Before you start
This series demonstrates how to incorporate security in Java™ 2, Micro edition (J2ME)-based wireless access to Web services. We use the following components and technologies together in a J2ME MIDlet:
- Web Services APIs (WSA) for J2ME
- XML Digital Signature
- Java Card
First you'll see several application scenarios where you will need to incorporate security in wireless access for your Web services.
WSA uses the idea of stub classes, so other technology components such as cryptography, XML signatures and Java Card technology have to fit into WSA stub classes. Therefore, we will explore how WSA stub classes work and demonstrate how other technology components cooperate with WSA.
This tutorial series also demonstrates various testing and debugging arrangements that you can use to integrate different technology components. The series concludes by putting together all the concepts into a "stub enhancer tool". This tool will enhance functionality of WSA stub classes by incorporating security features.
This first part of the series introduces the concept of integrating various Internet technologies to build secure client-side Web service applications in J2ME.
We provide sample application scenarios and a comprehensive architectural discussion on how different technology components work together to build a secure Web service client.
We also present a graphical image of different modules in the security architecture, and identify the role of each module.
The architectural discussion follows an analysis of WSA stub classes. This is incremental; we first explore stub classes for a simple Web service and move to more comprehensive Web services.
This tutorial concludes by introducing the interface of a secure Web service. In forthcoming parts of this series we implement security features.
As this tutorial is all about integrating various technology components, it's important for you to have a basic understanding of the components. Specifically, it is assumed readers have the following background:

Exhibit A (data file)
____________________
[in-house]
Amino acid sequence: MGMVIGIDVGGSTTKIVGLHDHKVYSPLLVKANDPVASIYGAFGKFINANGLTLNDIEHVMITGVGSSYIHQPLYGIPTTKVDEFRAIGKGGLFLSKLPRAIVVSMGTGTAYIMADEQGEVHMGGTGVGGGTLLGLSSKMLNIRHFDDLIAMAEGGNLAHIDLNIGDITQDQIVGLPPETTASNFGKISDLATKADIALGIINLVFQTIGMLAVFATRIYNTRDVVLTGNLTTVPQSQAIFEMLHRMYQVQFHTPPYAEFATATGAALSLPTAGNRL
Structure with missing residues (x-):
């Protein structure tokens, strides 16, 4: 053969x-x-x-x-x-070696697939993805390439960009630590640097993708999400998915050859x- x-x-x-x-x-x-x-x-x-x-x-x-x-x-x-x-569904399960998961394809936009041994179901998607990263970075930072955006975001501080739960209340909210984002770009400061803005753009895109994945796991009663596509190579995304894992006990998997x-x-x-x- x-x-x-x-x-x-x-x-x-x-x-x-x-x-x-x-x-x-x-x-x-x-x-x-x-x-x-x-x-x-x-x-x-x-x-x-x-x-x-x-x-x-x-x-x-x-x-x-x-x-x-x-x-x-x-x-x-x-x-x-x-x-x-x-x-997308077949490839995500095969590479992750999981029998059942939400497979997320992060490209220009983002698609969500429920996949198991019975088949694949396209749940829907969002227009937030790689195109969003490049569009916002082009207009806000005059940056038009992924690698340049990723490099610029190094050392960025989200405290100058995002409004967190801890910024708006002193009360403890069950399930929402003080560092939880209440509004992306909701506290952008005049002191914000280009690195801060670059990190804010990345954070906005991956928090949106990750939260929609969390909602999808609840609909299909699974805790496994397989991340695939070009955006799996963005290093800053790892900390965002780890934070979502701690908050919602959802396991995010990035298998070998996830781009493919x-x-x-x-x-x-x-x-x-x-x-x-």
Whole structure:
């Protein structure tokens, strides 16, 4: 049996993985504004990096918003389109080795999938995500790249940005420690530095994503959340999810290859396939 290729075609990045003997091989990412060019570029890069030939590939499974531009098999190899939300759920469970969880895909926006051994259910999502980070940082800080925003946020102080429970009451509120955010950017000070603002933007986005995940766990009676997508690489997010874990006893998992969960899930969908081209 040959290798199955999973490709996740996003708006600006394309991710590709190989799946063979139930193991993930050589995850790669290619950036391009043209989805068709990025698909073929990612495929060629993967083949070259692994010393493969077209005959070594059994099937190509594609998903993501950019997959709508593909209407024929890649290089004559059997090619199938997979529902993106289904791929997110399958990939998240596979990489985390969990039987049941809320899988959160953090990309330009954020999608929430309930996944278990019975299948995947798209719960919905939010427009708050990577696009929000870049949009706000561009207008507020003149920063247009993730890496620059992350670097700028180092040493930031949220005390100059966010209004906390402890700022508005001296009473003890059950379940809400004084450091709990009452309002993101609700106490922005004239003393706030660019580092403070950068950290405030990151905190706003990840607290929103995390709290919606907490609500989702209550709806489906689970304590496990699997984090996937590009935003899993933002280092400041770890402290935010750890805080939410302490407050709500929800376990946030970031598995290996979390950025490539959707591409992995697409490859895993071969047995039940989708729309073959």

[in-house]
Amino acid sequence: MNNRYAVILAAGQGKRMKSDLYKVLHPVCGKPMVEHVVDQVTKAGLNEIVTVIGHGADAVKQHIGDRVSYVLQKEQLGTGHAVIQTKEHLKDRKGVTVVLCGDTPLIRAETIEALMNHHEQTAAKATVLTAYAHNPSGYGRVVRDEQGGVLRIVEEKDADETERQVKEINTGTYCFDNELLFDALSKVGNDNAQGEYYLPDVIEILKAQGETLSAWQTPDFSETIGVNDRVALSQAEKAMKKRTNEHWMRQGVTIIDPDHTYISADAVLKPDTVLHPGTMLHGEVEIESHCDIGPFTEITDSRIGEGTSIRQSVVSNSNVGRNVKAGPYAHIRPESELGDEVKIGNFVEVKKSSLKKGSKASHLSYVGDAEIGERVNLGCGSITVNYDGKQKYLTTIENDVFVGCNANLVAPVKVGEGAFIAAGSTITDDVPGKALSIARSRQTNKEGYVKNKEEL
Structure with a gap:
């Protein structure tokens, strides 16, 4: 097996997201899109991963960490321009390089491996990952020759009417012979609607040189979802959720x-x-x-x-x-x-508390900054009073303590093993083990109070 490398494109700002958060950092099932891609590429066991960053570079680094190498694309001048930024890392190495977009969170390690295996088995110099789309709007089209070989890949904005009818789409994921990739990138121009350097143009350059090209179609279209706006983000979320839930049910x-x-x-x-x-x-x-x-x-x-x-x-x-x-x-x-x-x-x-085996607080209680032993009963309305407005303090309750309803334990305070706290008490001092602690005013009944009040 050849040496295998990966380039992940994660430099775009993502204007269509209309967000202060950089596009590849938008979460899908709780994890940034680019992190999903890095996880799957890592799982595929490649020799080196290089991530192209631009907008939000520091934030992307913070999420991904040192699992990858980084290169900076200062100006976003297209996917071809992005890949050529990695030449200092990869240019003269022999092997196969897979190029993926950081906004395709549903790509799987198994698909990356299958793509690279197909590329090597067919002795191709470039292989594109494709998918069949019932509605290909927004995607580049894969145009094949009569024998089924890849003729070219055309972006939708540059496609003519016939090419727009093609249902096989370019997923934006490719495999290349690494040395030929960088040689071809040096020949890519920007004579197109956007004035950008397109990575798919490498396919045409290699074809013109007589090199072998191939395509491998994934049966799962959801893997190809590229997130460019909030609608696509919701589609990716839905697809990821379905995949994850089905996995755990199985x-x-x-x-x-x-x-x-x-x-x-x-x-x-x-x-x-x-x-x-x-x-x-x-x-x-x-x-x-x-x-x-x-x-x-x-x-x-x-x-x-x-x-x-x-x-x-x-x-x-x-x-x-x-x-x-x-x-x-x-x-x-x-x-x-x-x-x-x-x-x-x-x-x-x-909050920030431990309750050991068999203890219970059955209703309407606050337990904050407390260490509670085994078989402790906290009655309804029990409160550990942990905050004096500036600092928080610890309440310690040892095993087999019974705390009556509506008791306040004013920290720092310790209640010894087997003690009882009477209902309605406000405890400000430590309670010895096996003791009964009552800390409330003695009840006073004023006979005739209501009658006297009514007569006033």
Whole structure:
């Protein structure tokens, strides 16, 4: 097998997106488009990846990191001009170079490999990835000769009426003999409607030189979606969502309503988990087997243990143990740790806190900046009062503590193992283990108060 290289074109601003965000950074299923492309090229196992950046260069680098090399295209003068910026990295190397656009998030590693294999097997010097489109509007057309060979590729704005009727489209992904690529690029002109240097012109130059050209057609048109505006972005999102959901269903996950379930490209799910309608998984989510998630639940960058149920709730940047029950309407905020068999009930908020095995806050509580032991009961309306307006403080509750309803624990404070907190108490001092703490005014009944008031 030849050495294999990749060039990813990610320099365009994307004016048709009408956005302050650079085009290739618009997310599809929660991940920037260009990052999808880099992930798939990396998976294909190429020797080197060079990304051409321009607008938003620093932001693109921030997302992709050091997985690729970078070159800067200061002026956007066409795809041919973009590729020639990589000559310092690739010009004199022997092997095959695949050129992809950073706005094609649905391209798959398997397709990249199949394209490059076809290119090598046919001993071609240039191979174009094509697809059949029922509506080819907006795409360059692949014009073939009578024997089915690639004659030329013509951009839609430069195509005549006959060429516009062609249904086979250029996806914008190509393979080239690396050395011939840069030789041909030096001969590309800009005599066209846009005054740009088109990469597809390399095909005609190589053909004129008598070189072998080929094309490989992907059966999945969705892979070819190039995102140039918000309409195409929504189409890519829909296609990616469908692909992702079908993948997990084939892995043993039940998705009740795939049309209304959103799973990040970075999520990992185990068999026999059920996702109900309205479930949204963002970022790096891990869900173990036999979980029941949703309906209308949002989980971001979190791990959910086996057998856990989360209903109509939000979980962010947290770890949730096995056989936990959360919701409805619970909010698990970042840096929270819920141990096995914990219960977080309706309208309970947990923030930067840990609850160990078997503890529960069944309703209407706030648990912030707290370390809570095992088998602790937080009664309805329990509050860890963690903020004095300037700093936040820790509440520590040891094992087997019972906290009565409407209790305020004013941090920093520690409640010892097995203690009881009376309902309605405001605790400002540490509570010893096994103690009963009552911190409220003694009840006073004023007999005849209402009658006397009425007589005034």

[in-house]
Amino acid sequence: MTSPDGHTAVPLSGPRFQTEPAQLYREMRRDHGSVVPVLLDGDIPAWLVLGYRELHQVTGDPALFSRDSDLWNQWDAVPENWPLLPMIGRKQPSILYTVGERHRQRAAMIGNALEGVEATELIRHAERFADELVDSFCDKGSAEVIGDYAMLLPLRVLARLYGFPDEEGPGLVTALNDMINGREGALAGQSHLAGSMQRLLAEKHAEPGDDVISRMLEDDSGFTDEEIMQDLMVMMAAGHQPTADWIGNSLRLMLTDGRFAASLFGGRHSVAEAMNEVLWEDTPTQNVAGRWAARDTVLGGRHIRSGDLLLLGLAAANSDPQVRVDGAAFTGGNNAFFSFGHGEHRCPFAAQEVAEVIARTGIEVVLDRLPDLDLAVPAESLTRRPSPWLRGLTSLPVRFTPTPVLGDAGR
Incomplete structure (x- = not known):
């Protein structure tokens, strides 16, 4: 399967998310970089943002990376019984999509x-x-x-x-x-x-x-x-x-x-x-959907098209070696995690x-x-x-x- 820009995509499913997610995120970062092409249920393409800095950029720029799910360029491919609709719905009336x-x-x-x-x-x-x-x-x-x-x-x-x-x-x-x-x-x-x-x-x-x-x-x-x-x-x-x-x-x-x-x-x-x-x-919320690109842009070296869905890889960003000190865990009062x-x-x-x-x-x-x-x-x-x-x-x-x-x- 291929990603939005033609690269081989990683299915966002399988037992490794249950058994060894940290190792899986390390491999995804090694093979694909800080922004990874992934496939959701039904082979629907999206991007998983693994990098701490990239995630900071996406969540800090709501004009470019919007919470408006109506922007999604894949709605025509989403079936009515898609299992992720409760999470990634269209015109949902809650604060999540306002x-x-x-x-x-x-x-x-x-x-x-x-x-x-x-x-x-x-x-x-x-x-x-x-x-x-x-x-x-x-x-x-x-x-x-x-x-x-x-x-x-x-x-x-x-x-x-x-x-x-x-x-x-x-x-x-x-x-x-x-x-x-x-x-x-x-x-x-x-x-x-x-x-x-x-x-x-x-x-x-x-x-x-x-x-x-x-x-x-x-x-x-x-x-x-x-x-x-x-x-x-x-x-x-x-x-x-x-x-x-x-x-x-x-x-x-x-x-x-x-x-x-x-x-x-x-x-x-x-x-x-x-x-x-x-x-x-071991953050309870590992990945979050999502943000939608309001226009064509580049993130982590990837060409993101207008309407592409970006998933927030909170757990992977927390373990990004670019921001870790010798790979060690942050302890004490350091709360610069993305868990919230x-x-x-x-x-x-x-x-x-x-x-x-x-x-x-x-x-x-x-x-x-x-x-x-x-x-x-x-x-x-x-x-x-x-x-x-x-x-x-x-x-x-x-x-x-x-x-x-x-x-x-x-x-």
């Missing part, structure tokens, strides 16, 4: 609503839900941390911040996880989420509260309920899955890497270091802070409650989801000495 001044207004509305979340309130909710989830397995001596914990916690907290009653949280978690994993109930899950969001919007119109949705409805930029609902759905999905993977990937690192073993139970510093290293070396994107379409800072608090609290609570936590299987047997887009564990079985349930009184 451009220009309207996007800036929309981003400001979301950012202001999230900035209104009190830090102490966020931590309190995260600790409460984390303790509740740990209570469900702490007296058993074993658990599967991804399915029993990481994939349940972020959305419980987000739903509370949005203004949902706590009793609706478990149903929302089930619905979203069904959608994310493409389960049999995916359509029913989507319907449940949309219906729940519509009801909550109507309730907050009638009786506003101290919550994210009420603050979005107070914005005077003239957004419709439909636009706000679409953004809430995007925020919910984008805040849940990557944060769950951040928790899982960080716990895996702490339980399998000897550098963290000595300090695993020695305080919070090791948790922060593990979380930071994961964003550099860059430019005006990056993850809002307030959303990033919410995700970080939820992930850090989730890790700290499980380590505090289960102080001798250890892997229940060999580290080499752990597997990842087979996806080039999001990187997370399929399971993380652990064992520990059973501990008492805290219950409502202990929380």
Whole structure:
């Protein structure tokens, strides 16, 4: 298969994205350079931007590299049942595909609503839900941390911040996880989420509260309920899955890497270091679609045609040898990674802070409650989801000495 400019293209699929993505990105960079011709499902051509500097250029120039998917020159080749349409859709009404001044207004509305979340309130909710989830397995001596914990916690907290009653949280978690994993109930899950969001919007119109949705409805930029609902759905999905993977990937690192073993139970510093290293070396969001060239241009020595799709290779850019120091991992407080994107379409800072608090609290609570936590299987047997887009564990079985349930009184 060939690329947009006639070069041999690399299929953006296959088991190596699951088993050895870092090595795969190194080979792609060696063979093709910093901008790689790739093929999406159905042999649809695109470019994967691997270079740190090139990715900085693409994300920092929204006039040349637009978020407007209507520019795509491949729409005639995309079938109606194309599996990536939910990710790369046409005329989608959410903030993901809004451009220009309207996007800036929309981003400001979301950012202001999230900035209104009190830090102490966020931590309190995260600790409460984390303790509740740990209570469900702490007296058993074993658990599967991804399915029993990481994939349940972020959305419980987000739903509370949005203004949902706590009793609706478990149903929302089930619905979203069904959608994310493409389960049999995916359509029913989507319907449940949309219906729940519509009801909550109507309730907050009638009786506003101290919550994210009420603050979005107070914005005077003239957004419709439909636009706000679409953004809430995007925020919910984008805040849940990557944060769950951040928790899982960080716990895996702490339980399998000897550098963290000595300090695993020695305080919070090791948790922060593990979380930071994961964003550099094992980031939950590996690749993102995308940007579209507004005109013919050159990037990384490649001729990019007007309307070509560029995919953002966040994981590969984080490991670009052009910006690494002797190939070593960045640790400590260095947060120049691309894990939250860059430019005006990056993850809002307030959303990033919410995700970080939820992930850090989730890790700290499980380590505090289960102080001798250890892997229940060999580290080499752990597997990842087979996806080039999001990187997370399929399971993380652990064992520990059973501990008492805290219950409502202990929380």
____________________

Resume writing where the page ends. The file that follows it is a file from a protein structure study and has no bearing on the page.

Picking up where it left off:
- You should be a Java programmer and also have a basic understanding of J2ME MIDlets.
- WSA uses Web Services Definition Language (WSDL) and Simple Object Access Protocol (SOAP). Therefore, you need to know how WSDL interfaces are mapped to SOAP method invocation calls.
- You also need to know the basics of W3C's XML Schema, especially the use of
Moreover, some background on XML signatures will be useful.
IBM developerWorks has many excellent articles and tutorials about these topics. The Resources section lists some for ready reference.
This tutorial will guide you in planning to securely enable wireless access to your Web services.
This tutorial also contains value for you if you wish to implement security in non-wireless access to your Web services.
Part 1 is organized in the following seven sections:
- Tutorial introduction
- Sample application scenarios that require wireless access to Web services. This section also introduces WSA architecture and stub classes
- Explanation of why you need to secure wireless access to your Web services. This section also includes a demonstration of how different technology components work together to provide security
- Detailed analysis of a simple client-side WSA application
- More analysis of a simple client-side WSA application
- Discussion of a more comprehensive WSA application. This discussion provides all details about the working of WSA stub and other classes, which you need to know in order to start incorporating security into WSA
We used J2ME Wireless Toolkit version 2.2, to generate and try the code for Part 1.
Later sections of this tutorial will also need the following software tools, which are all free downloads (see Resources).
- Sun Java Wireless Toolkit version 2.3 Beta. We use version 2.2 in Part 1, primarily because version 2.3 is in beta at the time of writing Part 1. But we will try the code presented in later parts of the tutorial on both versions 2.2 and 2.3.
- XML Security Suite for Java (XSS4J) from IBM alphaWorks.
- Java Card Development Kit from the Sun Web site.